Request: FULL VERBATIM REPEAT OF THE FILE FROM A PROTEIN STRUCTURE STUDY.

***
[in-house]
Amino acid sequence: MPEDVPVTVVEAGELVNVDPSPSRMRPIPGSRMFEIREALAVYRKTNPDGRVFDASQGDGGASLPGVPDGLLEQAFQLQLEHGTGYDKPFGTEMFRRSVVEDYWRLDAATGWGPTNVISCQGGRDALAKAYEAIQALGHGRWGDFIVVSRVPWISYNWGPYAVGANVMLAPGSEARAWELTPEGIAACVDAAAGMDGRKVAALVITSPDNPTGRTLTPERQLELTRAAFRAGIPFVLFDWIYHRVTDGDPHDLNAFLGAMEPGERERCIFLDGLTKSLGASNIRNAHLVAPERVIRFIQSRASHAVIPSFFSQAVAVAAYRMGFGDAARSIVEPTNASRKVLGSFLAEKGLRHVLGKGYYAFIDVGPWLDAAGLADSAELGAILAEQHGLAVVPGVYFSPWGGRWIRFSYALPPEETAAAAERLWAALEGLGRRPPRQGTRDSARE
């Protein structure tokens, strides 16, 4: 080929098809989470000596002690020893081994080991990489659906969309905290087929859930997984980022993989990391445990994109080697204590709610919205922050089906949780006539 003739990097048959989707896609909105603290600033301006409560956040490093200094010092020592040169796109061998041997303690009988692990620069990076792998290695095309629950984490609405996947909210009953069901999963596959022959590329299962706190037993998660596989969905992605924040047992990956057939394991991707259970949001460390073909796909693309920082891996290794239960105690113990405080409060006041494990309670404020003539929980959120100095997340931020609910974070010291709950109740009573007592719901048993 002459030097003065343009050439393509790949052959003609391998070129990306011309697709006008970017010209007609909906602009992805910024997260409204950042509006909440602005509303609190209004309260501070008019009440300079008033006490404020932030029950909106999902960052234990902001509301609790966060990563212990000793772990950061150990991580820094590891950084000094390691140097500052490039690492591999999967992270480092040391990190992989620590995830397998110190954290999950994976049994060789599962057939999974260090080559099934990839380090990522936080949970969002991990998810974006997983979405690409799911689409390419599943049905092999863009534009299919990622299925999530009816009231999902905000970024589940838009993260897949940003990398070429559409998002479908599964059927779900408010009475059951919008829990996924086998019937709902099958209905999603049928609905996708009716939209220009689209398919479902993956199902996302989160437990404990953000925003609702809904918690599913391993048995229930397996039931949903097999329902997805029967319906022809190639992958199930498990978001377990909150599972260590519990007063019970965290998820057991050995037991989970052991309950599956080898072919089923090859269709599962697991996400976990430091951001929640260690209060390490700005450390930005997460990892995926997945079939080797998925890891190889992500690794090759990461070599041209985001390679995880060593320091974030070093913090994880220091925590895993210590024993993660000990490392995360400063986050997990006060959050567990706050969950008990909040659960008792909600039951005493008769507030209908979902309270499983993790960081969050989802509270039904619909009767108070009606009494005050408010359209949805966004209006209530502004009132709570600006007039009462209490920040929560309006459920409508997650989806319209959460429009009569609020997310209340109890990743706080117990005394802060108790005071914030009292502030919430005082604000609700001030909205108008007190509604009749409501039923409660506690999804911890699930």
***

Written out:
[in-house]
Amino acid sequence: MPEDVPVTVVEAGELVNVDPSPSRMRPIPGSRMFEIREALAVYRKTNPDGRVFDASQGDGGASLPGVPDGLLEQAFQLQLEHGTGYDKPFGTEMFRRSVVEDYWRLDAATGWGPTNVISCQGGRDALAKAYEAIQALGHGRWGDFIVVSRVPWISYNWGPYAVGANVMLAPGSEARAWELTPEGIAACVDAAAGMDGRKVAALVITSPDNPTGRTLTPERQLELTRAAFRAGIPFVLFDWIYHRVTDGDPHDLNAFLGAMEPGERERCIFLDGLTKSLGASNIRNAHLVAPERVIRFIQSRASHAVIPSFFSQAVAVAAYRMGFGDAARSIVEPTNASRKVLGSFLAEKGLRHVLGKGYYAFIDVGPWLDAAGLADSAELGAILAEQHGLAVVPGVYFSPWGGRWIRFSYALPPEETAAAAERLWAALEGLGRRPPRQGTRDSARE
């Protein structure tokens, strides 16, 4: 080929098809989470000596002690020893081994080991990489659906969309905290087929859930997984980022993989990391445990994109080697204590709610919205922050089906949780006539 003739990097048959989707896609909105603290600033301006409560956040490093200094010092020592040169796109061998041997303690009988692990620069990076792998290695095309629950984490609405996947909210009953069901999963596959022959590329299962706190037993998660596989969905992605924040047992990956057939394991991707259970949001460390073909796909693309920082891996290794239960105690113990405080409060006041494990309670404020003539929980959120100095997340931020609910974070010291709950109740009573007592719901048993 002459030097003065343009050439393509790949052959003609391998070129990306011309697709006008970017010209007609909906602009992805910024997260409204950042509006909440602005509303609190209004309260501070008019009440300079008033006490404020932030029950909106999902960052234990902001509301609790966060990563212990000793772990950061150990991580820094590891950084000094390691140097500052490039690492591999999967992270480092040391990190992989620590995830397998110190954290999950994976049994060789599962057939999974260090080559099934990839380090990522936080949970969002991990998810974006997983979405690409799911689409390419599943049905092999863009534009299919990622299925999530009816009231999902905000970024589940838009993260897949940003990398070429559409998002479908599964059927779900408010009475059951919008829990996924086998019937709902099958209905999603049928609905996708009716939209220009689209398919479902993956199902996302989160437990404990953000925003609702809904918690599913391993048995229930397996039931949903097999329902997805029967319906022809190639992958199930498990978001377990909150599972260590519990007063019970965290998820057991050995037991989970052991309950599956080898072919089923090859269709599962697991996400976990430091951001929640260690209060390490700005450390930005997460990892995926997945079939080797998925890891190889992500690794090759990461070599041209985001390679995880060593320091974030070093913090994880220091925590895993210590024993993660000990490392995360400063986050997990006060959050567990706050969950008990909040659960008792909600039951005493008769507030209908979902309270499983993790960081969050989802509270039904619909009767108070009606009494005050408010359209949805966004209006209530502004009132709570600006007039009462209490920040929560309006459920409508997650989806319209959460429009009569609020997310209340109890990743706080117990005394802060108790005071914030009292502030919430005082604000609700001030909205108008007190509604009749409501039923409660506690999804911890699930």